A sermon preached by Dr. Brent Beasley on April 8, 2018 at Rising Star Baptist Church, Fort Worth, Texas
Often we don’t recognize Jesus when he comes to us, because, like in this story, Jesus often comes to us when we’re going to Emmaus—being busy, escaping, running away. We’re not paying attention. We are too occupied and preoccupied.
So… where is Emmaus? Emmaus is wherever we go or whatever we do to make ourselves forget the disappointment of this world and our lives.
The good news is that is exactly where Jesus comes to meet us—on the road to Emmaus—he comes to meet us in our
We’ve got to pay attention. Look for him. Recognize him when he comes to meet you.
In 2008 I got to participate in the Summer Programme in Theology at Oxford University. One of the classes I took was called “Faith, Reason, and the Contemplative way.” Vincent Strudwick, my professor, was a former monk. Talking about the contemplative way, a life of prayer, he addressed the potential criticism that a life of prayer is an escape from reality.
Professor Strudwick said that the real escape from reality is not the contemplative life but making yourself busy. If we keep busy enough, we don’t ever have
to face ourselves,
to reflect on the reality of our lives, our problems,
our blessings, our situations.
But to come to God in prayer, to take the time to be still and be quiet—that is facing reality. Very much. Strudwick said that when those ancient monks went out into the desert alone to pray there was no hiding place or refuge. That’s when you have to confront reality. When you’re out there in the desert all by yourself with nothing to distract you from yourself.
And so when we talk about not recognizing Jesus, this becomes very important. Professor Strudwick called a life of prayer “seeing the extraordinary in the ordinary.” His favorite phrase was that one from Gerard Manley Hopkins: “The world is charged with the grandeur of God.”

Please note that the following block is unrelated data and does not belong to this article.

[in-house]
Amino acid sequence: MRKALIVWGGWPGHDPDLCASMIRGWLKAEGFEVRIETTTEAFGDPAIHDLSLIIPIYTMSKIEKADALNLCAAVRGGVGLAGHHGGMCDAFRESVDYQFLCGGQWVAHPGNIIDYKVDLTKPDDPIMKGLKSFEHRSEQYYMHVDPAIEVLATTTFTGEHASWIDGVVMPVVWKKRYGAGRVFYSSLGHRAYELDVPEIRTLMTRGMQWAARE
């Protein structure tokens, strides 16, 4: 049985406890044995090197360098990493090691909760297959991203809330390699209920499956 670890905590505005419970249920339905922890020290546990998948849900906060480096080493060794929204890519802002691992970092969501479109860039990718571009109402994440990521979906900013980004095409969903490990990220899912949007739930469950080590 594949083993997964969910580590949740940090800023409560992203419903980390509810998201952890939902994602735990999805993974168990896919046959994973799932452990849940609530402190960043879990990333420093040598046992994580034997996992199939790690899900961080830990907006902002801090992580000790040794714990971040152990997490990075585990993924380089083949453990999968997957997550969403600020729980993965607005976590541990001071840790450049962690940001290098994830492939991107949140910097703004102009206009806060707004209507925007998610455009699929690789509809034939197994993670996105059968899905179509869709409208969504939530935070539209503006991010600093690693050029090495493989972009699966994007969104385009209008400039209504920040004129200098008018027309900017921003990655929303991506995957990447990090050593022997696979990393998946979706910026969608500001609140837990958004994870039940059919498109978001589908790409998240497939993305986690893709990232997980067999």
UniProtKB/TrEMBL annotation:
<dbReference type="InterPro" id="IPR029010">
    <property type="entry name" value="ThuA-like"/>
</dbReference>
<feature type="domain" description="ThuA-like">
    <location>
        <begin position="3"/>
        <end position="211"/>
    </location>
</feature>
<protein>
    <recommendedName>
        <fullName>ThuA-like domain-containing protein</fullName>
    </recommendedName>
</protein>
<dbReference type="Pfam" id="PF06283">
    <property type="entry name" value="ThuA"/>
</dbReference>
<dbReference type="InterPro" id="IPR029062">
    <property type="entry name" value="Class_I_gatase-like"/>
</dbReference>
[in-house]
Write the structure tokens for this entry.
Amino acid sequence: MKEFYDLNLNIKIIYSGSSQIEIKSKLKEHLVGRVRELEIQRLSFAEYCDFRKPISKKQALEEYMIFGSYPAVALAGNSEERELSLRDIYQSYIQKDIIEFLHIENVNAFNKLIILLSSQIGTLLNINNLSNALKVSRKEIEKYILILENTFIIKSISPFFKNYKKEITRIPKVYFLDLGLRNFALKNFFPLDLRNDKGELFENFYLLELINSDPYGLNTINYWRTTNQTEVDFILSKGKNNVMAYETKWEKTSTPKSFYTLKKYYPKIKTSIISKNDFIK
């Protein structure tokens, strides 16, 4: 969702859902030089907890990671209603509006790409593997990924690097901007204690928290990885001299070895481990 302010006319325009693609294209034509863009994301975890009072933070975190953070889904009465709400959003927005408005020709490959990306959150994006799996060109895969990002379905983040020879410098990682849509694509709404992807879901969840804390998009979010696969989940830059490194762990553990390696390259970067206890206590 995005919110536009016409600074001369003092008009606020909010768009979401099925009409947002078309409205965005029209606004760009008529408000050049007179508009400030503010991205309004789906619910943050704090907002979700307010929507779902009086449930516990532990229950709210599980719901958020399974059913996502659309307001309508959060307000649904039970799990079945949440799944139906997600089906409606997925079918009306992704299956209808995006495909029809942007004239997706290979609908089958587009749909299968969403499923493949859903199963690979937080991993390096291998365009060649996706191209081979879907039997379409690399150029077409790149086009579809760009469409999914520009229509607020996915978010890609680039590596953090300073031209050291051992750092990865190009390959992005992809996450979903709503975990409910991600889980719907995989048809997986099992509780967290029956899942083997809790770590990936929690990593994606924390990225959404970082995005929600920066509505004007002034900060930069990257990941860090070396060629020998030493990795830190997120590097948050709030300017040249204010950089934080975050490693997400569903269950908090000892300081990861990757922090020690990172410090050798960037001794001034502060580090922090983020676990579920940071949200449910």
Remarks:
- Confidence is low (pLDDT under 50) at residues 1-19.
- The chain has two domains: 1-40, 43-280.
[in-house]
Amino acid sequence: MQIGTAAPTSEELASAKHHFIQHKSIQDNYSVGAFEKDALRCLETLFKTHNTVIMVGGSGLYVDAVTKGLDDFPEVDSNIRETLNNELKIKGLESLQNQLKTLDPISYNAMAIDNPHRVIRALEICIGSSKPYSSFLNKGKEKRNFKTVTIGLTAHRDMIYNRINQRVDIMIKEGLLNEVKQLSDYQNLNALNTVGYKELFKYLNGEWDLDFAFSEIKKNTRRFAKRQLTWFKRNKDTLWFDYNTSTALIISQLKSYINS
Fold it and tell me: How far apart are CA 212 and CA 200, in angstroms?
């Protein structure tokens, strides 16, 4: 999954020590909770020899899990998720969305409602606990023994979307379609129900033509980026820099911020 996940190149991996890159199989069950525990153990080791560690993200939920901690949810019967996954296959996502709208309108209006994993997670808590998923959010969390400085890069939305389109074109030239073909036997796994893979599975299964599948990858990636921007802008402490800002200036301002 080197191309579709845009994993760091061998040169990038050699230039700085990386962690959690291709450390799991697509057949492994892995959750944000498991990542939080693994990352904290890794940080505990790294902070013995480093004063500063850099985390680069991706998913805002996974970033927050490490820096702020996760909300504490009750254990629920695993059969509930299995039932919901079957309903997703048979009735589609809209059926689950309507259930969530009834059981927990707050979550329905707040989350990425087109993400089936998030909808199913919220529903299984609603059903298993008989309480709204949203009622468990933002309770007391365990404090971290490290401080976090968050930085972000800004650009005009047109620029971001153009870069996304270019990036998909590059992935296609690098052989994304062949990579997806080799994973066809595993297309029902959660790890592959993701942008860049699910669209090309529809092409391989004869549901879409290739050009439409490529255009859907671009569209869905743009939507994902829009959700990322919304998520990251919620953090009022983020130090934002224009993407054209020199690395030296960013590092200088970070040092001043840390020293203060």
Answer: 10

Perhaps that ought to be the guiding statement of the living of our lives: The world is charged with the grandeur of God. Don’t fail to recognize it.
This has been a common theme of our spiritual leaders over the years:
Augustine talked about “the graced transformation of the ordinary.”
Julian of Norwich’s great theme was paying attention to God. She called it “glory spotting” (in the past and present—the practice of recognizing God’s presence in your past trains you to spot glory in the present).
It’s a mindset—having a mindset of looking for the presence of God.
There is an old fable about a far-off land ruled by a tyrant who had an ironclad grip over all parts of his kingdom, except for one frustrating area. He was unable to destroy the people’s belief in God. He summoned his counselors and put the question to them: Where can I hide God so that the people will end up forgetting him?
One counselor suggested that God be hidden on the dark side of the moon. This was debated for some time but voted down because it was believed that one day the wise ones would discover a means of space travel and God would be found again.
Another advisor came up with idea of burying God beneath the depths on the ocean floor. This was voted down for basically the same reason – it was felt that knowledge would lead to the discovery of God even in the deeps.
Finally, the oldest and wisest of the counselors had a flash of insight. I know, he said, why don’t we hide God where no one will ever think of finding him? He explained: If we hide God in the ordinary events of people’s everyday lives they’ll never find him.
And so it was done– and they say that people are still looking for God even today.